“To my knowledge,” said Morgan Wolf, the U.S. Fish and Wildlife Service’s primary black rail biologist, “there have been no detections on the Georgia coast, or interior for that matter, within the last decade or so despite significant survey effort.”

‘Really been eaten away’

Permanently inundated mudflats can’t fight the very climatic forces—greenhouse gases—that ruin the climate in the first place. The marshy ground is composed of muddy sediment and decomposing plant matter, otherwise known as peat. Peat stores carbon at a rate up to 50 times greater than terrestrial forests—a critical weapon in the fight against global warming.

Protecting peatlands is critical to meet the goal of cutting greenhouse gas emissions in half by 2030. Georgia plays an outsized role in carbon sequestration. Its hundred-mile-long coastline acts as a “blue carbon” sink keeping the greenhouse gas in the ground.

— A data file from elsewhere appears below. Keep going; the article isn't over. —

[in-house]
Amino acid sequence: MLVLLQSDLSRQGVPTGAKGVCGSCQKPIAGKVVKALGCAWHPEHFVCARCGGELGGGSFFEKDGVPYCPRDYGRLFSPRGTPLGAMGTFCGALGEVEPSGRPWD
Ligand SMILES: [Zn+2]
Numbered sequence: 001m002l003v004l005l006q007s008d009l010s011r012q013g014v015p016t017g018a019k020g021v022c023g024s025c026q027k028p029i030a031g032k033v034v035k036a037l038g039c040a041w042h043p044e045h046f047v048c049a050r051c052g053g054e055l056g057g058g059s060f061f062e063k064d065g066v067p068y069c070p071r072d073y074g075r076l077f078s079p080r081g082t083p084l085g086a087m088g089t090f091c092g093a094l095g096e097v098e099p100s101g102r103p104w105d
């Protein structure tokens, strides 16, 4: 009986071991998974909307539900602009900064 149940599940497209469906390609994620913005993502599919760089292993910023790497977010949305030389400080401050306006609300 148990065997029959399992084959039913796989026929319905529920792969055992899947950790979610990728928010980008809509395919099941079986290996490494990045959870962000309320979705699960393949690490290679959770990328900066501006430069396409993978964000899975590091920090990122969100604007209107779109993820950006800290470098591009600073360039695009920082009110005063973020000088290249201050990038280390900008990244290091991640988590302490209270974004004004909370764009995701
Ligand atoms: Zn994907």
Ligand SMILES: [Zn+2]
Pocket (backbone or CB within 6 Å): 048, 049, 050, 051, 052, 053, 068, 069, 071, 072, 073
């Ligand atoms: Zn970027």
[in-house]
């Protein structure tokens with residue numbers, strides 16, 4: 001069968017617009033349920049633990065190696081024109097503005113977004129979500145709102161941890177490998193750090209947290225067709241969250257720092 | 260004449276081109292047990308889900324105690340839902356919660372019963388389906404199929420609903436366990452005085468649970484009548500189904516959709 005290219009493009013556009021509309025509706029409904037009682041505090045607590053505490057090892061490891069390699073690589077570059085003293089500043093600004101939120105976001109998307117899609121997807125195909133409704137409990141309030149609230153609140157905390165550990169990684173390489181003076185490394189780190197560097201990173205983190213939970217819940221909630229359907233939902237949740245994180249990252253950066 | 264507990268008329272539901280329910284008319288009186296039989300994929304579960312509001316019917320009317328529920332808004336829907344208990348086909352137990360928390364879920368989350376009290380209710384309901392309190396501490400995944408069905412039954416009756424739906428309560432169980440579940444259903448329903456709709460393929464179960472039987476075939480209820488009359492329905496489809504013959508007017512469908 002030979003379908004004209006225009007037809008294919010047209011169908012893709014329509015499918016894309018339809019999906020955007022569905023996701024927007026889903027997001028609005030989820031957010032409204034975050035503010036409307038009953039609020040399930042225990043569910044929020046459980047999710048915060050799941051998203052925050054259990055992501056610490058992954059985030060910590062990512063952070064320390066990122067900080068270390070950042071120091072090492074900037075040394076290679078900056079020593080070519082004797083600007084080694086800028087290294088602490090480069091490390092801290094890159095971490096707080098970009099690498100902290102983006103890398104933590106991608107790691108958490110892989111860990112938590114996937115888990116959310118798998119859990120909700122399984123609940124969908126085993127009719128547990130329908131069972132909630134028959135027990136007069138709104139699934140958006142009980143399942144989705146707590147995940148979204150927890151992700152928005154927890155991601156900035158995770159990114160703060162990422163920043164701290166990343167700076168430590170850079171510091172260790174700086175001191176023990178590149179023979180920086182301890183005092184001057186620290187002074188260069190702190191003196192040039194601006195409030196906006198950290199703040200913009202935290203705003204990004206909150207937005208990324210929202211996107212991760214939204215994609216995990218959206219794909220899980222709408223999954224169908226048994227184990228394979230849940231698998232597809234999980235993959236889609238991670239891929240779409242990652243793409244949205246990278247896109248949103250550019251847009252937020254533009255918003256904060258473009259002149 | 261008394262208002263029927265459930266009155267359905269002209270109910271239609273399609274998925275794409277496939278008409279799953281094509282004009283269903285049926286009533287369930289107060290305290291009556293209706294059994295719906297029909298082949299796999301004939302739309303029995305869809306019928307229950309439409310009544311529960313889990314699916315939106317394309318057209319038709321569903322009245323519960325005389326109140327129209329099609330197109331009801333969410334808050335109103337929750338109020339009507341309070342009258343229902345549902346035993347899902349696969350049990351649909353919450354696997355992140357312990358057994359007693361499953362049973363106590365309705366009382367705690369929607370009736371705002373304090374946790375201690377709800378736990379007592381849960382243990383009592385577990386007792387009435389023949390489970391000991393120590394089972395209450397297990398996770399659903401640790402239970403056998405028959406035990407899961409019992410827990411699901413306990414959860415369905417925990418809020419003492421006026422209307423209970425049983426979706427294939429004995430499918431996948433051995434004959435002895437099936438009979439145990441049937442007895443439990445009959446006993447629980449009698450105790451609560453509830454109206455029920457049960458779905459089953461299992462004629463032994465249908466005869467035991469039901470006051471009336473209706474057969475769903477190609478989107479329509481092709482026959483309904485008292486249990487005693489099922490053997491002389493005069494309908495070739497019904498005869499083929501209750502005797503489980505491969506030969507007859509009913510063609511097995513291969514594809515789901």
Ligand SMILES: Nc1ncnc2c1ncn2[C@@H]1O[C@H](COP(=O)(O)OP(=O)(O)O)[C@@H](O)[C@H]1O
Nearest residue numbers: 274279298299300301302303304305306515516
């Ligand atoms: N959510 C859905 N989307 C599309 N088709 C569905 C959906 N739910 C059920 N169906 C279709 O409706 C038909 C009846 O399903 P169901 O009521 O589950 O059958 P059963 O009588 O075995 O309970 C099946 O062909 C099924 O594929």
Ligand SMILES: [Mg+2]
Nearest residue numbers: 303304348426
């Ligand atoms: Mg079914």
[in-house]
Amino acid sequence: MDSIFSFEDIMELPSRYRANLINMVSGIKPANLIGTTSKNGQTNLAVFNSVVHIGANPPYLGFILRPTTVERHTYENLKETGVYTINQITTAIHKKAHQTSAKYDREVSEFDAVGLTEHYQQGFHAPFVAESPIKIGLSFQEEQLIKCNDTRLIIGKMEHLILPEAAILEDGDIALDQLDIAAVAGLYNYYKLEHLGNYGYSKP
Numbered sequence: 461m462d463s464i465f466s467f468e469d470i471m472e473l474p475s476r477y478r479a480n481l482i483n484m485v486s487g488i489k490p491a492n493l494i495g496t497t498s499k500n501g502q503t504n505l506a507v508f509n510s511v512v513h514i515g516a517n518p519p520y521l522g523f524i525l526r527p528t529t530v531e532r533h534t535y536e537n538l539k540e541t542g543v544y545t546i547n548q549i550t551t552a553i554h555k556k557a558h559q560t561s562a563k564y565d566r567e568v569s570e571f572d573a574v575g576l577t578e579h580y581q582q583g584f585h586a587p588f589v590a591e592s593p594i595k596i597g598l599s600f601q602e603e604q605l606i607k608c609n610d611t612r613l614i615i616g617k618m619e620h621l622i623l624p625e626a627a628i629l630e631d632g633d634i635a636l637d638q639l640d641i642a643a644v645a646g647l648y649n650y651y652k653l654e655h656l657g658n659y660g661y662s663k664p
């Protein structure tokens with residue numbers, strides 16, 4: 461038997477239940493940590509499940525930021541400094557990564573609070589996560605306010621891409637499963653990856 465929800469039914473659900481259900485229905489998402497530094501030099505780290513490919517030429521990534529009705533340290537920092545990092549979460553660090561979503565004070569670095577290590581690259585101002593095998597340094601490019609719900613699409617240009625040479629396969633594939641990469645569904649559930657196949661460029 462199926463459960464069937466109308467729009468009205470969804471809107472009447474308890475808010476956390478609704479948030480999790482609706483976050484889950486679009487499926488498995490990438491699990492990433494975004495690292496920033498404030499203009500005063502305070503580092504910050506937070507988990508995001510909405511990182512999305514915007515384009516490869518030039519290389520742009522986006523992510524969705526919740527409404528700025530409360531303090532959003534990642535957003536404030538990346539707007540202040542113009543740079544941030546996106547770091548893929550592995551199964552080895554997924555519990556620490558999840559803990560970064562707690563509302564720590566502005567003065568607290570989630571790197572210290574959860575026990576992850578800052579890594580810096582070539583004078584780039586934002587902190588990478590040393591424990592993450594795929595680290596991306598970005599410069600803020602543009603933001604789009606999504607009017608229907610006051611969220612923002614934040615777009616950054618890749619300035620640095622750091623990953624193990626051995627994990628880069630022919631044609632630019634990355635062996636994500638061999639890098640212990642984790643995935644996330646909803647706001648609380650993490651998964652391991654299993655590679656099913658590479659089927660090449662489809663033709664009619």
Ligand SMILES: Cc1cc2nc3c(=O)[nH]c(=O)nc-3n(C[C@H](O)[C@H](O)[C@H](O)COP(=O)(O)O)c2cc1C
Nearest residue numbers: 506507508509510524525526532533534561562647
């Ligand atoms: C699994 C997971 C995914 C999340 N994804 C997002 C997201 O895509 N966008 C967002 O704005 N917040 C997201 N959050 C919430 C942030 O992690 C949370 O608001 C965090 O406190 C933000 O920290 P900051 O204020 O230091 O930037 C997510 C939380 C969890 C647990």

Yet that ribbon of carbon-storing salt marsh is disappearing. The damage is perhaps most visible to the public at the dock and boat ramp at the Harris Neck refuge.

“It’s really been eaten away the last couple of years,” said Loyd Deverger, a commercial crabber for nearly half a century, after pulling pots from the Barbour River one recent blue-sky afternoon. “It cuts farther and farther, and deeper and deeper, on the edge.”

Salt marsh off Harris Neck National Wildlife Refuge. (Dan Chapman, USFWS)

The refuge will use $511,530 from BIL to build an 800-foot-long “living shoreline” of oyster shells, native plants and all-natural logs on either side of the dock, ramp and a nearby commercial crabbers’ dock. Yet the project’s significance goes well beyond shoreline protection. Both salt marsh initiatives are intended to boost recreational and commercial activities like boating, fishing and bird watching. Historical, cultural and archaeological attributes are also important.

Harris Neck fits the bill on all accounts. Native Americans, including the Guale Indians, lived in villages and traded along the Georgia coast for centuries. The formerly enslaved Gullah Geechee people, and other Black and white families, farmed and fished at Harris Neck from the Civil War’s end to 1942 when the federal government condemned and bought their land for a military airbase.